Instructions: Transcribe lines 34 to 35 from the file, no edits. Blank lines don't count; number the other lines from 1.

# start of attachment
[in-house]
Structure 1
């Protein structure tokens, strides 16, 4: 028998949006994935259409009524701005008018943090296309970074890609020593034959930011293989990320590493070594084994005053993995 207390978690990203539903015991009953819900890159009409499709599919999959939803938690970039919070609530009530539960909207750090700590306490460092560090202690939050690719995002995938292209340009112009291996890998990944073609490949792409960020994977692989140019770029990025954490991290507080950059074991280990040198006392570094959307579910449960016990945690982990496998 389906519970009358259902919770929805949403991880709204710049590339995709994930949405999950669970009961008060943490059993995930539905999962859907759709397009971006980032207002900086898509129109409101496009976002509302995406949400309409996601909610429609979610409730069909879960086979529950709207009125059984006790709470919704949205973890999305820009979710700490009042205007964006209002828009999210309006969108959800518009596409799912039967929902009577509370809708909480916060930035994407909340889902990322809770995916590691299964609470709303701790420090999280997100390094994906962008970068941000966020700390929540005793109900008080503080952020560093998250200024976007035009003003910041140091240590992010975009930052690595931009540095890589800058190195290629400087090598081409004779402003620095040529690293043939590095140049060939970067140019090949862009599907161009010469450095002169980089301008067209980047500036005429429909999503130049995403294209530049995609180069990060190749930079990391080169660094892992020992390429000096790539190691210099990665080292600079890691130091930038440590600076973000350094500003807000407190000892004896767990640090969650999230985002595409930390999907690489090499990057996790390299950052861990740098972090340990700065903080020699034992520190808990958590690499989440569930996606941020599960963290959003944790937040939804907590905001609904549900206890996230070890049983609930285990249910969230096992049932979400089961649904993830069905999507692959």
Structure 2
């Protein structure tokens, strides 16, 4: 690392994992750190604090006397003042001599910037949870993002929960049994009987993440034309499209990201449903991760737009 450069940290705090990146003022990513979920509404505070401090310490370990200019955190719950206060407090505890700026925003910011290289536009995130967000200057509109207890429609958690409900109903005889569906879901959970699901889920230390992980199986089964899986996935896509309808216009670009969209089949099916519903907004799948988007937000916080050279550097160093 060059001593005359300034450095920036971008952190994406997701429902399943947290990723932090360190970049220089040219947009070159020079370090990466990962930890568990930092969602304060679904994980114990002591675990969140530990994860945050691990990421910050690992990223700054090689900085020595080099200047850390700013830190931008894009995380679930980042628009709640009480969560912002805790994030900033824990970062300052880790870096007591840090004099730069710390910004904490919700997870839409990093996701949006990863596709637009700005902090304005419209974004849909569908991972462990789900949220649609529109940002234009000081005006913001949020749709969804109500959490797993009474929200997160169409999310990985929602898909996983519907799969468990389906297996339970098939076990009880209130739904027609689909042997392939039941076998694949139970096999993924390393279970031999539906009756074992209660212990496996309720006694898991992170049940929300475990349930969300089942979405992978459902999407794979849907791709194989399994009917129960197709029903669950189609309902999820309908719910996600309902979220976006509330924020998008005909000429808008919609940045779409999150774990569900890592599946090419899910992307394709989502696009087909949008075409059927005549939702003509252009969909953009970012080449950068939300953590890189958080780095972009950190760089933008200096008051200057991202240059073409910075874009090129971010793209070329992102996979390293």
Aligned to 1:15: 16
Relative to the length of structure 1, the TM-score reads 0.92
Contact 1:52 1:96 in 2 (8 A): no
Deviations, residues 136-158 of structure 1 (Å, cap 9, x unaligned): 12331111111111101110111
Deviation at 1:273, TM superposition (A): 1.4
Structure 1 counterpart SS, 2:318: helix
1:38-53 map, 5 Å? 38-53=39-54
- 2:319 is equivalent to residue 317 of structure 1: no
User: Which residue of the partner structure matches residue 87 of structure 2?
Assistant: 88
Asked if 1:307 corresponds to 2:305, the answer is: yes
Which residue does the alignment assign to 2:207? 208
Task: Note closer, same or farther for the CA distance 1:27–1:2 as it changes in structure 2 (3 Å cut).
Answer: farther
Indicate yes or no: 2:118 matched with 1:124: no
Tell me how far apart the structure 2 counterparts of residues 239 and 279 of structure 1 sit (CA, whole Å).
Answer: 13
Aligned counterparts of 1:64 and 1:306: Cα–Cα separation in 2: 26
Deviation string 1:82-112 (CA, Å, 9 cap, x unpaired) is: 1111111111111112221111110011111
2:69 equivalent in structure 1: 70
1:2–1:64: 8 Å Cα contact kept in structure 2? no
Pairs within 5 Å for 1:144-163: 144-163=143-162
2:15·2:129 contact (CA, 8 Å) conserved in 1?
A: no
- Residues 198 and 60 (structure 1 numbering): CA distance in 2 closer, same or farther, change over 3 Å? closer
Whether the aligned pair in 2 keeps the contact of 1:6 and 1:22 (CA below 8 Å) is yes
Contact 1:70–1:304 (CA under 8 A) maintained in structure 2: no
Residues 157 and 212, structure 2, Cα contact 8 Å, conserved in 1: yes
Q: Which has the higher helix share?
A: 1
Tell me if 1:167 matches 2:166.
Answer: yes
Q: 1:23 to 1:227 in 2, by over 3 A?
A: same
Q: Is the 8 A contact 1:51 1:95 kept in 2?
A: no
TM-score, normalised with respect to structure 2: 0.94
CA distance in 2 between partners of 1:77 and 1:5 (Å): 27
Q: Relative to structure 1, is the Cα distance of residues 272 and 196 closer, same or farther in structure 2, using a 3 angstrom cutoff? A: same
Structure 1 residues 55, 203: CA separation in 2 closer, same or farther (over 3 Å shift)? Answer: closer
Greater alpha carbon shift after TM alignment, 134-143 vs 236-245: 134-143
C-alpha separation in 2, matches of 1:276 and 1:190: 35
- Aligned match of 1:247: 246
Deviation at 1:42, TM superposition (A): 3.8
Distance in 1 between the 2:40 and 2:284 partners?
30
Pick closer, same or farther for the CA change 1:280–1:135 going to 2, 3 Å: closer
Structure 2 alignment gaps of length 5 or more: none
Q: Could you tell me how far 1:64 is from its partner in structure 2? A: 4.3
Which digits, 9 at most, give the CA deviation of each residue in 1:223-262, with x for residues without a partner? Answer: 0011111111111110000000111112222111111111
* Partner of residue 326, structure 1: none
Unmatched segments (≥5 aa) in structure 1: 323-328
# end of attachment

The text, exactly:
Q: Which has the higher helix share?
A: 1